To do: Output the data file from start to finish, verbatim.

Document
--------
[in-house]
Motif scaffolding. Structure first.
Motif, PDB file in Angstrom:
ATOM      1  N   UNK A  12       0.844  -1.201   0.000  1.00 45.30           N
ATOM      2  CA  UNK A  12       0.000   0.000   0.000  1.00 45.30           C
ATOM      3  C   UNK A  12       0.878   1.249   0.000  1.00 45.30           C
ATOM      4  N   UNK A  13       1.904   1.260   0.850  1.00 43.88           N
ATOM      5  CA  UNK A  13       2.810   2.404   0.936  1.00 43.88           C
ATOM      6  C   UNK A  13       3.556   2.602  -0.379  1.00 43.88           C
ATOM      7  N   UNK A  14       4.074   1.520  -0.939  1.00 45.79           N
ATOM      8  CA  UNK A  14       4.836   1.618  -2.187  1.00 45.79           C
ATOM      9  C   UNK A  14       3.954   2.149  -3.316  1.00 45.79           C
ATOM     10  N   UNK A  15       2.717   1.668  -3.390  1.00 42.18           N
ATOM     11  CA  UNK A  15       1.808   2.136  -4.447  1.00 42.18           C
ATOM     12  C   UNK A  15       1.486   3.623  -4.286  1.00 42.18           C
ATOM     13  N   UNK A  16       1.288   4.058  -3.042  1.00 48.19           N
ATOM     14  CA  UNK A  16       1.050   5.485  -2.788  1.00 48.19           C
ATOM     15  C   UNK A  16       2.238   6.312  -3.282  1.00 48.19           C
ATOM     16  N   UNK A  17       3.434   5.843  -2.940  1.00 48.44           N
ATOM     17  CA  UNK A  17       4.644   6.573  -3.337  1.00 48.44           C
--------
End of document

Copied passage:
[in-house]
Motif scaffolding. Structure first.
Motif, PDB file in Angstrom:
ATOM      1  N   UNK A  12       0.844  -1.201   0.000  1.00 45.30           N
ATOM      2  CA  UNK A  12       0.000   0.000   0.000  1.00 45.30           C
ATOM      3  C   UNK A  12       0.878   1.249   0.000  1.00 45.30           C
ATOM      4  N   UNK A  13       1.904   1.260   0.850  1.00 43.88           N
ATOM      5  CA  UNK A  13       2.810   2.404   0.936  1.00 43.88           C
ATOM      6  C   UNK A  13       3.556   2.602  -0.379  1.00 43.88           C
ATOM      7  N   UNK A  14       4.074   1.520  -0.939  1.00 45.79           N
ATOM      8  CA  UNK A  14       4.836   1.618  -2.187  1.00 45.79           C
ATOM      9  C   UNK A  14       3.954   2.149  -3.316  1.00 45.79           C
ATOM     10  N   UNK A  15       2.717   1.668  -3.390  1.00 42.18           N
ATOM     11  CA  UNK A  15       1.808   2.136  -4.447  1.00 42.18           C
ATOM     12  C   UNK A  15       1.486   3.623  -4.286  1.00 42.18           C
ATOM     13  N   UNK A  16       1.288   4.058  -3.042  1.00 48.19           N
ATOM     14  CA  UNK A  16       1.050   5.485  -2.788  1.00 48.19           C
ATOM     15  C   UNK A  16       2.238   6.312  -3.282  1.00 48.19           C
ATOM     16  N   UNK A  17       3.434   5.843  -2.940  1.00 48.44           N
ATOM     17  CA  UNK A  17       4.644   6.573  -3.337  1.00 48.44           C